A new admissions index that would academically rank incoming freshmen in 1990 was approved Monday by the U. Institutional Council, despite objections of U. students, who fear it is coming too soon for current high school students to do well.
"If you do adopt this, it will be a travesty and will leave out people who would contribute to this university," student body officer Kent Hyde said, urging the defeat of the index.President Chase N. Peterson said the index, which will ensure incoming freshmen are better prepared to compete academically at the university level, may actually bring in more, not fewer, students when expectations are raised and students meet the challenge. "I don't see it as a number-limiting phenomenon," he said.
Council Chairman Robert Wright pointed out that although the index will be new, it really won't be much of a change. Students admitted at the bottom of the freshman class last fall would still have been eligible for entrance if the index had been in place, he said.
In a 9-1 vote, the council, the U.'s governing body, agreed to use an index in 1990 admissions, if the Utah State Board of Regents gives its approval. The lone dissenting vote was Michael Kaly, the U. student body president and the only student who sits on the Institutional Council.
Kaly tried a substitute motion that would have pushed back use of the index until 1993 unless an economic crisis developed or tax rollbacks materialized that required the university to limit students before that date. His motion died for lack of a second.
The proposal will be forwarded to the regents in the next few months. After the vote, the students vowed to lobby the regents in an effort to defeat the index at that level.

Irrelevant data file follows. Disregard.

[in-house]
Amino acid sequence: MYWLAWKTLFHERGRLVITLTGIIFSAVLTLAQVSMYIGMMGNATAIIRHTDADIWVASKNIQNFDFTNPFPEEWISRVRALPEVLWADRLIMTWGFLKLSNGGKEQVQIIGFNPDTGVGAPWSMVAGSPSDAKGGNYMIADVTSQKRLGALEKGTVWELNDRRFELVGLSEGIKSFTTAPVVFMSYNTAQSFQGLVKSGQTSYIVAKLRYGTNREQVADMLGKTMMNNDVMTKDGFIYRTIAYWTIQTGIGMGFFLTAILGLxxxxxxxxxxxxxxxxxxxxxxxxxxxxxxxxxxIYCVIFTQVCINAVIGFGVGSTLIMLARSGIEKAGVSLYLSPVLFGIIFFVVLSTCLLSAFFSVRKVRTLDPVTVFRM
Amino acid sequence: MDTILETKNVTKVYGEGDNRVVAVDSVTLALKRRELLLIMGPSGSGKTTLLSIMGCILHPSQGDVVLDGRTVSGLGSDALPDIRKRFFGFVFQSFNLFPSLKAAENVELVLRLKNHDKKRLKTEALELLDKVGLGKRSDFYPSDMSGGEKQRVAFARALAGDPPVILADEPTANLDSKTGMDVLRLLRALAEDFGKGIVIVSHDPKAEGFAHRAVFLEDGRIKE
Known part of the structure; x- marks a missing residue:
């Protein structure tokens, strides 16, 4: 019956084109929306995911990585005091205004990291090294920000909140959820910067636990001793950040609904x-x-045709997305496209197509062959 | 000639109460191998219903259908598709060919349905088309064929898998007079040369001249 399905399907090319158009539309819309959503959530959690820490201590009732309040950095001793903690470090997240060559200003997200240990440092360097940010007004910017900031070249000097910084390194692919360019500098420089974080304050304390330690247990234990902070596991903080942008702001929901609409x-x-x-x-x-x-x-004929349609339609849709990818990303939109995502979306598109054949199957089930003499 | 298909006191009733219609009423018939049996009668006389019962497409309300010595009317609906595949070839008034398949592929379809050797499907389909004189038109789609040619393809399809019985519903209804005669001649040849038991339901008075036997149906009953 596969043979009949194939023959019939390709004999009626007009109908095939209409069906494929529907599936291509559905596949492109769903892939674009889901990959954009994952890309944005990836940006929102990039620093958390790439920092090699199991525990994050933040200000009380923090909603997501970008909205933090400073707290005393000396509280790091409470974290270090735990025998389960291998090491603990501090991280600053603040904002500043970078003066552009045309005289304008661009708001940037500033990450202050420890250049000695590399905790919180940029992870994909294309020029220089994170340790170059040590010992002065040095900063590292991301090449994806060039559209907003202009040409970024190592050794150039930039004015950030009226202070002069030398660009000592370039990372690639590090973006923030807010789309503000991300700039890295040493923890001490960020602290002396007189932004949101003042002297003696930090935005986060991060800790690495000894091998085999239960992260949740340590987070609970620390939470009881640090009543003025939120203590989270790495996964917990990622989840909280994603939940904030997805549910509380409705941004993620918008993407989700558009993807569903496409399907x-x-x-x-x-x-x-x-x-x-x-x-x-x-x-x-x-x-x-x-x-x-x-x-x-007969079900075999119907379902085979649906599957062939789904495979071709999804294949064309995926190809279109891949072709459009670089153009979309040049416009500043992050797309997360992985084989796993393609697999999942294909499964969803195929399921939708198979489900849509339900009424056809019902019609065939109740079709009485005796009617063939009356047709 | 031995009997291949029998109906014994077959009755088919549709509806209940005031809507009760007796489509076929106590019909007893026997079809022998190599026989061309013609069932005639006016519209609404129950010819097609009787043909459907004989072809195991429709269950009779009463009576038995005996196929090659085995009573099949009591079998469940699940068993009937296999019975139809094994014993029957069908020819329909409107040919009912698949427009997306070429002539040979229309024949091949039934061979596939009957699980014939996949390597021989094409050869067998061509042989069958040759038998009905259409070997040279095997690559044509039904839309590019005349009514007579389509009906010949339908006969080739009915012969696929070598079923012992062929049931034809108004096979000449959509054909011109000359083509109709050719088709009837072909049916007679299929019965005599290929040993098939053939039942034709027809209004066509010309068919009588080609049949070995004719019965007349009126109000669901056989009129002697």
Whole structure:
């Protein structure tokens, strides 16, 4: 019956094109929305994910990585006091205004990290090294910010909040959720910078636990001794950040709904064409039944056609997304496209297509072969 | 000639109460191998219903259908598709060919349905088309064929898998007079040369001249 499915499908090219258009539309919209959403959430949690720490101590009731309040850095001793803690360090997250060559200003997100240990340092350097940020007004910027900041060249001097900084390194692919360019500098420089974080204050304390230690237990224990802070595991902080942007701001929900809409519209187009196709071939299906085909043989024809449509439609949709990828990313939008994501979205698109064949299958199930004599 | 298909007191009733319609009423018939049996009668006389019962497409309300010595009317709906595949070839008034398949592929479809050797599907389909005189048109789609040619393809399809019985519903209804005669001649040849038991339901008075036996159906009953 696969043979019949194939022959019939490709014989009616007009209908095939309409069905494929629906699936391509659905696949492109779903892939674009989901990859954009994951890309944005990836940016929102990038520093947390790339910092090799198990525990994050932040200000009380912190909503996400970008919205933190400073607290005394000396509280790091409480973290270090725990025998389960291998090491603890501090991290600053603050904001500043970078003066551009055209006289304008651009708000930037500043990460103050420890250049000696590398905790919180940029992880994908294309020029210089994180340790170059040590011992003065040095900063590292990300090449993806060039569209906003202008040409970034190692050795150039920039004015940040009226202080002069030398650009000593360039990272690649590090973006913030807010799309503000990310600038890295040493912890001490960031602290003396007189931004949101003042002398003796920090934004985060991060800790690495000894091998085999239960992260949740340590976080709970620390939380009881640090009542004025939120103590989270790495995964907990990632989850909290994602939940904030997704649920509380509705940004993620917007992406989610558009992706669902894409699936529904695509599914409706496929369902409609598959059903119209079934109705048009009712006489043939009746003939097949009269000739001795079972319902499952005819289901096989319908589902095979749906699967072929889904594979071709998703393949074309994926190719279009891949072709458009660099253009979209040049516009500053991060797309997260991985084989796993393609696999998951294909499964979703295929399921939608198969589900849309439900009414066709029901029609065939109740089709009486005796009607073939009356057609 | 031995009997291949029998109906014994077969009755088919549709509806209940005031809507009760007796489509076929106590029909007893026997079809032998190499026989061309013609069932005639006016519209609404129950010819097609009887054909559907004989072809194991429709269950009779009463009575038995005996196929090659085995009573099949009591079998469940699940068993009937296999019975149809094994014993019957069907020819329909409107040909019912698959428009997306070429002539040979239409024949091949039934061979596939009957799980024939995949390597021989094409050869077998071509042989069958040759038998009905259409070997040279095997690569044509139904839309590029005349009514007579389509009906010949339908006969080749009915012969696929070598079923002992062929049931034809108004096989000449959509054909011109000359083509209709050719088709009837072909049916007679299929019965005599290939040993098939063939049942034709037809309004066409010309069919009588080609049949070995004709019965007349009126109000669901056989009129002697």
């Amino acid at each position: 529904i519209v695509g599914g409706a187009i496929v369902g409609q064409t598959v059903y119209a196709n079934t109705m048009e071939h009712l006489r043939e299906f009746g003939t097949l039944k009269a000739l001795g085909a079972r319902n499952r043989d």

The index would be a composite of the student's high school grade point average and ACT (or SAT) college entrance scores. U. administrators said it would be used to determine a student's readiness for the university.
If the student's index score was below the minimum, which would be adjusted annually, then the student would be denied entrance. If denied entrance, a student could attend a community college and then transfer to the U. if he completed a minimum of 36 hours with a 2.2 GPA. Or he could enroll as a non-matriculated student in evening courses only, through the Division of Continuing Education, where he would be required to successfully take 18 hours of classes before he could reapply for admittance.
It would also be possible for a student to enter summer school on probation. And up to 5 percent of the freshman class could be exempted from the minimum index requirement. Stayner Landward, U. director of admissions, said this would allow the U. to accept talented, culturally disadvantaged and ethnic minority students whose academic records didn't meet the standards.
U. Provost James Clayton said the index is part of a two-step plan to increase the likelihood that freshmen can successfully complete their course work. The first phase came last fall when the U.'s new entrance requirements went into effect. He said that change dropped the percentage of freshmen on probation - with GPAs below 2.0 or "C" - from one-third of the freshmen to one-quarter.
The index would complement the entrance requirements, moving toward a student body more likely to succeed at the university, Clayton said.
Peterson stressed that the index isn't elitist or exclusionary. If a student did well at a community college, he could transfer to the U. The president pointed out that many of the U.'s best students are "late bloomers" who transferred from community colleges or entered the U. after the Army.
Student body officer Brian Robertson reported on student surveys saying that U. and high school students were unaware of the proposed index. He also worried that high school students taking tougher Advanced Placement classes might be hurt in the ranking.
Clayton reported that the index has been several years in the making and was passed a year ago.